Brits Applying For Post-Brexit Irish passports Increased By 22 Percent This Year

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The number of Brits who are applying for an Irish passport increased by 22 percent during the year, at more than double the amount of annual applications as compared to that before the 2016 Brexit referendum.

According to figures that were released by the foreign office of Ireland today, nearly 100,000 eligible applicants from the United Kingdom looked for a way to retain their EU membership this year.

The ministry disclosed: “The number of applicants from Northern Ireland and Great Britain continues to rise since the Brexit vote in June 2016.,”

The number was an increase from the 81,000 that were recorded last year, and 46,000 in 2015 before the referendum prompted an increase in the applications.

Around 6 million British people are eligible for an Irish passport, if they have been born in either Northern Ireland or Ireland, or have a parent or grandparent that is Irish. They can also maintain dual citizenship with the United Kingdom. It is believed that approximately 6 million citizens of the United Kingdom are entitled to hold dual UK–Irish citizenship on this basis.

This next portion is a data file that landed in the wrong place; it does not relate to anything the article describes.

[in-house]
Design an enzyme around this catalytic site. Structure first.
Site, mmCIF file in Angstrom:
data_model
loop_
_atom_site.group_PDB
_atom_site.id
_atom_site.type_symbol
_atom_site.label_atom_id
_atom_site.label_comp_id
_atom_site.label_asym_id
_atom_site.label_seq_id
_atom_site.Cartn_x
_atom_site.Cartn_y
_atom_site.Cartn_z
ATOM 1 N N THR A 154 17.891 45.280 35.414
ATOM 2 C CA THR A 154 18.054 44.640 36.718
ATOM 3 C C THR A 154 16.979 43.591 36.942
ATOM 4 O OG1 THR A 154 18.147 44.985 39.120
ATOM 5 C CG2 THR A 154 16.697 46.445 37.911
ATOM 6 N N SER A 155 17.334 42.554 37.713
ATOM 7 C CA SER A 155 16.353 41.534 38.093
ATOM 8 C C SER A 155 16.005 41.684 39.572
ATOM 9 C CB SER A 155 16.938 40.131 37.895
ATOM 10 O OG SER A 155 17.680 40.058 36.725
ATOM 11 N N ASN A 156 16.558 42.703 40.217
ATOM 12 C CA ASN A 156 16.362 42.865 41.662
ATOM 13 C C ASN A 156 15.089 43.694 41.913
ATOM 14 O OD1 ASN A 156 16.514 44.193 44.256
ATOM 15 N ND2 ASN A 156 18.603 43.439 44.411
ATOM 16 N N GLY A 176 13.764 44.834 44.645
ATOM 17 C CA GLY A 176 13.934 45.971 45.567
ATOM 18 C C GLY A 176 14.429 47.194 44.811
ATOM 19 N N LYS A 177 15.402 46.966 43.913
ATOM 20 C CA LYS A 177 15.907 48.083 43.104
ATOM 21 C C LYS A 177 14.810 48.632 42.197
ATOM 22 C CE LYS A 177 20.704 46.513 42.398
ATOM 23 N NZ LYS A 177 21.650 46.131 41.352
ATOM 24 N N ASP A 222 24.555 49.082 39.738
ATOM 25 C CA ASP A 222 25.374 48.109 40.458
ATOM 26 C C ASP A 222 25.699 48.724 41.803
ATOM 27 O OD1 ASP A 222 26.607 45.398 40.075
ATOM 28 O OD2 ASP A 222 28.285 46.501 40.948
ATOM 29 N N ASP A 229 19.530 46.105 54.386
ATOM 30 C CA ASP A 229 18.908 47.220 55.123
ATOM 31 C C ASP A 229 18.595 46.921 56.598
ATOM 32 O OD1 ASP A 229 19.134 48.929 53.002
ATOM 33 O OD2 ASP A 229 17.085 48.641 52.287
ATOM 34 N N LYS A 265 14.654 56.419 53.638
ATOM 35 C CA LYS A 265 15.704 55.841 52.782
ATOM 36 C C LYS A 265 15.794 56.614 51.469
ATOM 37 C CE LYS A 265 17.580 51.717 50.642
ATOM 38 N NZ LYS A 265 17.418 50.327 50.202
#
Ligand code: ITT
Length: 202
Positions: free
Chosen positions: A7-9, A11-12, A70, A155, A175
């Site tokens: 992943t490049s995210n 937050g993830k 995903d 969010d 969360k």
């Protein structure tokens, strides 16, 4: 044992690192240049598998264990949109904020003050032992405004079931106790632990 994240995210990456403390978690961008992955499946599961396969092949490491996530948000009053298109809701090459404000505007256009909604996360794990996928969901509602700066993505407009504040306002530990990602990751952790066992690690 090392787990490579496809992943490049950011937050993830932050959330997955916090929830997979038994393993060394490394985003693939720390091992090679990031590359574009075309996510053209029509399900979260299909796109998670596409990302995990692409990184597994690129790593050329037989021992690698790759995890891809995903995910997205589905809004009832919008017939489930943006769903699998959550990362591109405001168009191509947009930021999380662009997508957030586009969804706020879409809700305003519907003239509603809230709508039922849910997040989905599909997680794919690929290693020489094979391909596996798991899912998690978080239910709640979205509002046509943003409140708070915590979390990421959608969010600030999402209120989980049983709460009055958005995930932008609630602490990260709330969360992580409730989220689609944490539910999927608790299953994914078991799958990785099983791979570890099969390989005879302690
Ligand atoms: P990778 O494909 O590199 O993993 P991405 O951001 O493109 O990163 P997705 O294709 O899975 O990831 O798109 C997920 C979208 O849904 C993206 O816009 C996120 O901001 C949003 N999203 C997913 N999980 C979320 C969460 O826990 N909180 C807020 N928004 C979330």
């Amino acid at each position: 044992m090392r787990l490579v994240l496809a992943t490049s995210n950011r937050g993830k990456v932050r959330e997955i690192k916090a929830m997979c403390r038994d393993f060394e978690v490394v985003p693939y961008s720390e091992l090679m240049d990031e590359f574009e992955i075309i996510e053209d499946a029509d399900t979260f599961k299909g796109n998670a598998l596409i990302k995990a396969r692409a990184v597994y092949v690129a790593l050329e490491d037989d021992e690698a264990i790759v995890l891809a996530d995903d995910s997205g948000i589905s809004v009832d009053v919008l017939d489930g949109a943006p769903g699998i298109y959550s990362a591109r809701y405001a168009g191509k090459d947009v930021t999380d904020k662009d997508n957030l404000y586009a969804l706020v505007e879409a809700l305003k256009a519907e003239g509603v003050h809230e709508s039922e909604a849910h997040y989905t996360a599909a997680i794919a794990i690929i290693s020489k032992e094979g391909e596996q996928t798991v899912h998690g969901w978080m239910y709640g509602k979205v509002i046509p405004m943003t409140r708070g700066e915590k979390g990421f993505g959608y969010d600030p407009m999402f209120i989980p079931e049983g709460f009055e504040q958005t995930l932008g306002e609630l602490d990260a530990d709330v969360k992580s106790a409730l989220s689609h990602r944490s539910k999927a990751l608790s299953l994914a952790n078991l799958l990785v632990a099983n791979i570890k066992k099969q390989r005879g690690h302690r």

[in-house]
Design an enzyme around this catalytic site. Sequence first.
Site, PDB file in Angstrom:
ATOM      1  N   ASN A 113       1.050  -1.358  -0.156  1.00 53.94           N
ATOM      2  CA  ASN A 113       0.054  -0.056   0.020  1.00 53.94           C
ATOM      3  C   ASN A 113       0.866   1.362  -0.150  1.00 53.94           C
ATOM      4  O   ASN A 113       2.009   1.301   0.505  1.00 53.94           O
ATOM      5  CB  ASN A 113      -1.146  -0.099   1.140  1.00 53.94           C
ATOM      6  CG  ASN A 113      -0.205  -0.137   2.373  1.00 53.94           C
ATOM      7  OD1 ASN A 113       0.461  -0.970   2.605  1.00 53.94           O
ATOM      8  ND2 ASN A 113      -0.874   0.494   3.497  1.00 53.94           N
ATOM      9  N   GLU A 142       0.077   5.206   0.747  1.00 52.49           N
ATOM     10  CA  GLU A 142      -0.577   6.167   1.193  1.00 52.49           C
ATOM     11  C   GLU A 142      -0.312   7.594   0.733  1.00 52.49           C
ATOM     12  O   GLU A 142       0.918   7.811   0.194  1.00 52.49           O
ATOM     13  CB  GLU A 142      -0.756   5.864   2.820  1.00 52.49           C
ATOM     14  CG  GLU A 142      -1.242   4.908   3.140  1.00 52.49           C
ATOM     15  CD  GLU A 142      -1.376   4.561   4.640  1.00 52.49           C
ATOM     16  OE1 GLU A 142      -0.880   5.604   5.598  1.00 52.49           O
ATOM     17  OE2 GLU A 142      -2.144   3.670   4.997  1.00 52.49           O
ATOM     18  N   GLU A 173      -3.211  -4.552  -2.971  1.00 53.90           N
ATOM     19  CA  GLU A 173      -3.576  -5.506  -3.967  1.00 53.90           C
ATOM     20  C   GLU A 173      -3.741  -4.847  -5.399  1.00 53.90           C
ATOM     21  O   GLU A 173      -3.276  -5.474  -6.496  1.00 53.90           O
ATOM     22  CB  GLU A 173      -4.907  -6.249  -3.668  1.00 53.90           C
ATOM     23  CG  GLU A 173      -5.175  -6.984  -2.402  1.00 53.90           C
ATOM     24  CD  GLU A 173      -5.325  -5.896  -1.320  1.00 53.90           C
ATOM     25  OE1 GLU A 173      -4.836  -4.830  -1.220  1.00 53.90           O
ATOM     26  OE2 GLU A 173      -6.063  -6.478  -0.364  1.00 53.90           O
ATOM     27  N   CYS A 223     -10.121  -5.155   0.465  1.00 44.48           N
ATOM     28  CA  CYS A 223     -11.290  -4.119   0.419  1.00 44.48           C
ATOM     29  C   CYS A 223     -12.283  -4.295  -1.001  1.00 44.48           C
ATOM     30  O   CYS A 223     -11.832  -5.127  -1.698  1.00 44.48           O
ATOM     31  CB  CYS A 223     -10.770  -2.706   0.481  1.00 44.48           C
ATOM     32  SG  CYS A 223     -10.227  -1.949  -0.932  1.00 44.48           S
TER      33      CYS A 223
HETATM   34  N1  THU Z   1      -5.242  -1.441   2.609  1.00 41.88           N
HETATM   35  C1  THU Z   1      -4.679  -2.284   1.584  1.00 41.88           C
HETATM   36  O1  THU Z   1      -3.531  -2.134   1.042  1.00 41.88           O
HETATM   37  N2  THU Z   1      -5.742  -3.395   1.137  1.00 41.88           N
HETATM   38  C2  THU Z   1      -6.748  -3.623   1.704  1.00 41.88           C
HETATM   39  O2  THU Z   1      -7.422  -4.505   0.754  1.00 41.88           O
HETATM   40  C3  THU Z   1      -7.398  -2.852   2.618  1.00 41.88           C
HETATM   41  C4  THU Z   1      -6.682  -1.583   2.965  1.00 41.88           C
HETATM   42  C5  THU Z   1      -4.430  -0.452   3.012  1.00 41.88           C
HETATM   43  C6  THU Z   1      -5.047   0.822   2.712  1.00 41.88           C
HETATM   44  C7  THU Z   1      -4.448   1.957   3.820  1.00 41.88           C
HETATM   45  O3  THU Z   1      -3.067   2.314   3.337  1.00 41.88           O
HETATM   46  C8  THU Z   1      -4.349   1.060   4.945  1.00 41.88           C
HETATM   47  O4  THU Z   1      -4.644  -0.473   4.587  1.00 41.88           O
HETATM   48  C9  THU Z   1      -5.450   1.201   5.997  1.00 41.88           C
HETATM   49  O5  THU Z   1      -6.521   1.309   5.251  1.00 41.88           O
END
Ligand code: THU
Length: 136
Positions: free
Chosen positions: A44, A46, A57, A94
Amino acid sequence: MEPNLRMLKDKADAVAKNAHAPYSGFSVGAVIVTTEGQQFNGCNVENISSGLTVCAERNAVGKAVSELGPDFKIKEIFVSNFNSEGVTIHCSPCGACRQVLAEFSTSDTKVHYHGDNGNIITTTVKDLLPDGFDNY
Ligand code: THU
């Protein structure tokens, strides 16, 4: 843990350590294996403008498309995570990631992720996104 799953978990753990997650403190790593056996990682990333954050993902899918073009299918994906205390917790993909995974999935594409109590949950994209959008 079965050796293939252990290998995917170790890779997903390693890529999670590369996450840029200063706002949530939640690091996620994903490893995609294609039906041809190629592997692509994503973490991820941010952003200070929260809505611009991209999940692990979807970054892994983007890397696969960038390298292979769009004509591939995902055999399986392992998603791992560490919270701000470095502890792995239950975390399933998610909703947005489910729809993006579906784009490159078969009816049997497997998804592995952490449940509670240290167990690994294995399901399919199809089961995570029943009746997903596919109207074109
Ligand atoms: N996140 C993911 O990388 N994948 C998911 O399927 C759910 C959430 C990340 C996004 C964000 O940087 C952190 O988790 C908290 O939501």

In Northern Ireland, where the citizens can own both British and Irish passports, the registrations for an Irish passport increased by two percent by the end of the month.

Simon Coveney, the Irish foreign minister, said that the year had been a record-breaking year for applications from Great Britain. During the busiest period this year, approximately 6,500 passport applications were made in just one day.

This year, a total of 822,581 travel documents were issued by the government of Ireland.

Before the Brexit referendum, the increase in application rates for Irish passports from the United Kingdom had remained largely static for at least four years.

Outside of the United Kingdom, New York was the next Irish consulate to have received the largest amount of passport applications which were then followed by Canberra, Pretoria, San Francisco and Ottawa.